The North Shore of Massachusetts boasts a rich golf history. In the late 1880s, the North Shore was the summer playground for the wealthy and golf played a major role in attracting and engaging the well-to-do. A few holes began popping up on private land from Ipswich to Beverly to Gloucester. Then, in 1893, construction of the area’s first course began in Manchester and Essex County Club was established. Many more would follow.
The game of golf has been an integral part of North Shore life since the late 1800s, as the eager gents who posed for the above photo show. Photo courtesy of Tedesco Country Club.
Historians, even those who never struck a guttie or a liquid core ball with a niblick or a persimmon wood, have long been enamored with the North Shore and its rich golf legacy. The intrepid snow-bound crew of investigative journalists at North Shore Golf magazine decided to put their off-season to good use: Since we couldn’t dig up divots on frozen ground we opted to dig up little known facts, trivia and even best kept secrets about our courses, clubs and the people who helped make our region such a hotbed for golf.
We’ve finally made it to 2017, a huge year for our resurrected North Shore Golf publication and our golf-crazy region.
Nothing looms larger than the area’s hosting of the 38th United States Senior Open championship, set for Salem Country Club in Peabody June 26 to July 2, featuring the greatest players in the world age 50 and older.
Play the world’s greatest courses at The Clubhouse in Middleton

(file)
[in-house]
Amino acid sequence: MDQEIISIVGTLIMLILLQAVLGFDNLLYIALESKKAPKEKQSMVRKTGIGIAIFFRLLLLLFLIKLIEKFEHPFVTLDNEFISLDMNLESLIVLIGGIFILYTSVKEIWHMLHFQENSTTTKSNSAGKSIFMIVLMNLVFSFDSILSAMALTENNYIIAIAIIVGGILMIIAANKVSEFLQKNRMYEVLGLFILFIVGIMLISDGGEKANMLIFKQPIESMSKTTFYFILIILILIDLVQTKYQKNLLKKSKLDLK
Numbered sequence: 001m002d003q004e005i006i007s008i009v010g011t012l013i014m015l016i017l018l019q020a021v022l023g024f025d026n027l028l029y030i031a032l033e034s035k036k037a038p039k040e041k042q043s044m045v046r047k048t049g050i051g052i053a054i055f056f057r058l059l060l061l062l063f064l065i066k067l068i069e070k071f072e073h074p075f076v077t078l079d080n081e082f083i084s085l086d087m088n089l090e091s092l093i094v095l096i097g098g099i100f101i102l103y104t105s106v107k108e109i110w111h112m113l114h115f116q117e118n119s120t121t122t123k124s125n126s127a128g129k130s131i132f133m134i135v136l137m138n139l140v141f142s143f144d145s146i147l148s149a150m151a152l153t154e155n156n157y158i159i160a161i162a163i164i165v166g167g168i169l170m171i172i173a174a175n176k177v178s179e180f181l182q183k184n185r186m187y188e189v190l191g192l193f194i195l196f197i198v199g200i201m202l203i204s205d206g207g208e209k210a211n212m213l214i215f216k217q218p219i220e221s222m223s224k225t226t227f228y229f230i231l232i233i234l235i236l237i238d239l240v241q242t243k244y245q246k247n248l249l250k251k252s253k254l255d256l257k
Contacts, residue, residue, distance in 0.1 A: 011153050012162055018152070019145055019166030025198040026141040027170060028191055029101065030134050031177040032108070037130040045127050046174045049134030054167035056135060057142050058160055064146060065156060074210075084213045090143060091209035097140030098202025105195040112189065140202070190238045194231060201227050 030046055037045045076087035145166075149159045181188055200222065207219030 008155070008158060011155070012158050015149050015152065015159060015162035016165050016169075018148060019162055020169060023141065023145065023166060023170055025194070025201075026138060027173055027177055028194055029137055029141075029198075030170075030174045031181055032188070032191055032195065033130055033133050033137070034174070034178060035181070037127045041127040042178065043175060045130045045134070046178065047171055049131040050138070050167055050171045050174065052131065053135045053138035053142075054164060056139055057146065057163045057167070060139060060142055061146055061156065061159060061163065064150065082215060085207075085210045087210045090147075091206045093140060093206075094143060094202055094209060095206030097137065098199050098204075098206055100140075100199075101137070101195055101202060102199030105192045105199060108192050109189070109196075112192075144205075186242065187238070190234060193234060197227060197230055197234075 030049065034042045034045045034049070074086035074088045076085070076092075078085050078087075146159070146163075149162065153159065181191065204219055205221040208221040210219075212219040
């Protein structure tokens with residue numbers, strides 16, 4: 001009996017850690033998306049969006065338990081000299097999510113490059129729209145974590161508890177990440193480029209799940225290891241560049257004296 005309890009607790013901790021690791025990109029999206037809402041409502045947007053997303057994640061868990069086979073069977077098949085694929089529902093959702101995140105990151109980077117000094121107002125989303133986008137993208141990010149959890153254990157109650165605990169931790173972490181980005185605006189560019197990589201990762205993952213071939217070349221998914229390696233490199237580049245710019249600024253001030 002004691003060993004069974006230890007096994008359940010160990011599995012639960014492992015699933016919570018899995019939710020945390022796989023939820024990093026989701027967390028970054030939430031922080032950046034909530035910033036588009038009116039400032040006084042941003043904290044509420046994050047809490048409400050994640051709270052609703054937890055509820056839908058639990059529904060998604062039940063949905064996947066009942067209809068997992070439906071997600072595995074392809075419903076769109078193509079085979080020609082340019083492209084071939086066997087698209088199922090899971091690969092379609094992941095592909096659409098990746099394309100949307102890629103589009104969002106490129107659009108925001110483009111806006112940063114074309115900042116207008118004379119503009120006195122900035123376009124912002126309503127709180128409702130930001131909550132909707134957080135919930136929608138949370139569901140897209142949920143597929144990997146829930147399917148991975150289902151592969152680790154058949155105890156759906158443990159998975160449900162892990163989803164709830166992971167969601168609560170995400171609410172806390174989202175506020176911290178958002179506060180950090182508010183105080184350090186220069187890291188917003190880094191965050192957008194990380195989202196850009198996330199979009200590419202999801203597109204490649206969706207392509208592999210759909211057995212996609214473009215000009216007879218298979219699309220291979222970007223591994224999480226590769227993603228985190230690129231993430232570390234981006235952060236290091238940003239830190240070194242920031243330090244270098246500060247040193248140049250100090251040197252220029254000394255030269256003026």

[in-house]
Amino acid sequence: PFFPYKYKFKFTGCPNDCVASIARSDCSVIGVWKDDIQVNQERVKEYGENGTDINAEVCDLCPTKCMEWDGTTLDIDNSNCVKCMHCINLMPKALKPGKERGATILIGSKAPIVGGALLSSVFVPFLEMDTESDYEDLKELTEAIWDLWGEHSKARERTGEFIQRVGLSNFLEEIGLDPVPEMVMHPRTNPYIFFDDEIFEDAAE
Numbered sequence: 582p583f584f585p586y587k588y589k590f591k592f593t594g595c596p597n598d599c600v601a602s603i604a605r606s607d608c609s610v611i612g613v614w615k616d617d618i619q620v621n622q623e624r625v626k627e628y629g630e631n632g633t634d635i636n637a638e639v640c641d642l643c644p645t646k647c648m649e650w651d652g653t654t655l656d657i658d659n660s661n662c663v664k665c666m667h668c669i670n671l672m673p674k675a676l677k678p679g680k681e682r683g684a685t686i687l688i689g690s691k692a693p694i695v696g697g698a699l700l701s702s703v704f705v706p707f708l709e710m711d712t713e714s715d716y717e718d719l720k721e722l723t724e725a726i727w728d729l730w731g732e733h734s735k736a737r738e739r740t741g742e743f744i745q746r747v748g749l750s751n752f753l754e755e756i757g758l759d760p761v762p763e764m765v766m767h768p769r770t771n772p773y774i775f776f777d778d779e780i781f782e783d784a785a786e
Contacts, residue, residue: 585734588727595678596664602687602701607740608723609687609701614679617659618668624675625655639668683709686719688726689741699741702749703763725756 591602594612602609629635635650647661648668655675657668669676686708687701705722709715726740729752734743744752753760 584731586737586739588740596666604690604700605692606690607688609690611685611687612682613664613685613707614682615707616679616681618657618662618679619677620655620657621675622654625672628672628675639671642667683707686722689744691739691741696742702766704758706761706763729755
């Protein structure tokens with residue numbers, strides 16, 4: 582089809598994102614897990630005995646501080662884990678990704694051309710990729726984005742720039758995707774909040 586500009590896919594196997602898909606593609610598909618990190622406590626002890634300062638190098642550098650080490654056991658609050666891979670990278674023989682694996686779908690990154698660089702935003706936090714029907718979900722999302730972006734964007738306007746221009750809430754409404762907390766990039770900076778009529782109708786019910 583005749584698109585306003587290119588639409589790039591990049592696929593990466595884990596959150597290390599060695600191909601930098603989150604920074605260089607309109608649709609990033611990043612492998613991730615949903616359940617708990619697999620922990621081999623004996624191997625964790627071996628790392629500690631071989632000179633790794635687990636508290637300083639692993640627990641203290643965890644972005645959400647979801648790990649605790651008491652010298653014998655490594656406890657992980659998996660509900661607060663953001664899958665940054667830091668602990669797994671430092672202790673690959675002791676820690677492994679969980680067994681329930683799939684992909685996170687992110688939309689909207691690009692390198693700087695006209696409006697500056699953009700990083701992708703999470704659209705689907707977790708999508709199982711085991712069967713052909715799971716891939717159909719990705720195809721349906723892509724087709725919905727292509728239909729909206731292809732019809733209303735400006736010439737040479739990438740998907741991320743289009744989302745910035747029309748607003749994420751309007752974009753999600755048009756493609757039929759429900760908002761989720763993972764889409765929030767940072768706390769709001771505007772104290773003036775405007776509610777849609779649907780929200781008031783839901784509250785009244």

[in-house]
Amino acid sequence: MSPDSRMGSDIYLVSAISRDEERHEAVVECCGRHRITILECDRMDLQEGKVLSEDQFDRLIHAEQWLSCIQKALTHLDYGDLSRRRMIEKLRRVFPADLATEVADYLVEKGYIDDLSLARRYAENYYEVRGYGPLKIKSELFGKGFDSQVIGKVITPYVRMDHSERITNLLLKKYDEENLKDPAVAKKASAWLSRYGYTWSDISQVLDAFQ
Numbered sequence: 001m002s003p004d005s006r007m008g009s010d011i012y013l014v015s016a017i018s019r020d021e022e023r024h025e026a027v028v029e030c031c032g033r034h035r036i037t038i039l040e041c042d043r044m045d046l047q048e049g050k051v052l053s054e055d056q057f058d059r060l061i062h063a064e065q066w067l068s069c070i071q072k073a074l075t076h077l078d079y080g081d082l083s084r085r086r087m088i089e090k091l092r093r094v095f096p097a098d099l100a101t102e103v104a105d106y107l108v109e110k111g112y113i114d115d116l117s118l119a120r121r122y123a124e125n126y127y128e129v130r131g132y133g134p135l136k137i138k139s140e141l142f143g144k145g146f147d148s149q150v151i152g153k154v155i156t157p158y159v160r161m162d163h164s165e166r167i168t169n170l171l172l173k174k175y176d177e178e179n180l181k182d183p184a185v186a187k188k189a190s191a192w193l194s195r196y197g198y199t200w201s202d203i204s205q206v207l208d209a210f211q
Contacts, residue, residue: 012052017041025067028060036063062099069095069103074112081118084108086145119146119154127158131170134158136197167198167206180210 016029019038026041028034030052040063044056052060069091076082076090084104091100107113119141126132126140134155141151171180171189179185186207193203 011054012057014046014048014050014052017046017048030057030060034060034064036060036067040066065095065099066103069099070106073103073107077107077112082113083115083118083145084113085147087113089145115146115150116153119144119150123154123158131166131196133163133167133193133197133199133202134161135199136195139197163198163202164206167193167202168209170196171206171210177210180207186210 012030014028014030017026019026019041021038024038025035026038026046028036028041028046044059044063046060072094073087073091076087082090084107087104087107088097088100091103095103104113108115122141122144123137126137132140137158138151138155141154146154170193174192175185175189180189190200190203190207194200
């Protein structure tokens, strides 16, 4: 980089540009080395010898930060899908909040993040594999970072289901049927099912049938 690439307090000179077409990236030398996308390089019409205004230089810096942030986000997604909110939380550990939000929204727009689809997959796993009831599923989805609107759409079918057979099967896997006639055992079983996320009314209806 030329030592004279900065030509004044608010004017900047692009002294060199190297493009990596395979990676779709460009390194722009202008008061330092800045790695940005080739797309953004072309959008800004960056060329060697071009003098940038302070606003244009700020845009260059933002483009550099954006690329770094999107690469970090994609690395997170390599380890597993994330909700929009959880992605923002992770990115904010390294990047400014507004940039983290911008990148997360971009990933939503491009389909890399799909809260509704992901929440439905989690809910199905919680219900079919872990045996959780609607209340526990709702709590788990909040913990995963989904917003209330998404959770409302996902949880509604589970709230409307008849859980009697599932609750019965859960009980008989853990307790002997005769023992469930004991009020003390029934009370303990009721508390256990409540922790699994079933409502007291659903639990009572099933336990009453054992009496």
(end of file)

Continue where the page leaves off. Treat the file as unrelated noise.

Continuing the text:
By BILL BROTHERTON
Bob Bowman takes a mighty swing and splits the fairway with his tee shot. His playing partners, Mike Bondanza, Marc Jean and Jim Varzakis, applaud his effort, but not without a bit of good-natured ribbing. The foursome is about halfway through their round at Wildstone Golf Course in Cranbrook, British Columbia.
A colleague once took me to the driving range to teach me the basics. After a few swings and misses, I finally connected with the ball. It ricocheted off the divider and somehow sailed behind me, nailing him between the legs. As he folded toward the ground, I apologized profusely. I then gave away what remained of my bucket of balls while my friend tended to his. I never tried golf again. And not surprisingly, no one, especially my male friends, has since offered to teach me.
Matt Sawicki, director of championships for the United States Golf Association, says he spends about 180 days a year on golf courses. “Recently I spent five weeks in a row on courses and I didn’t hit a single golf shot,” said the St. Louis native. “I play five to 10 times a year, and my 10 handicap reflects that. … though it’s a trending-up 10.”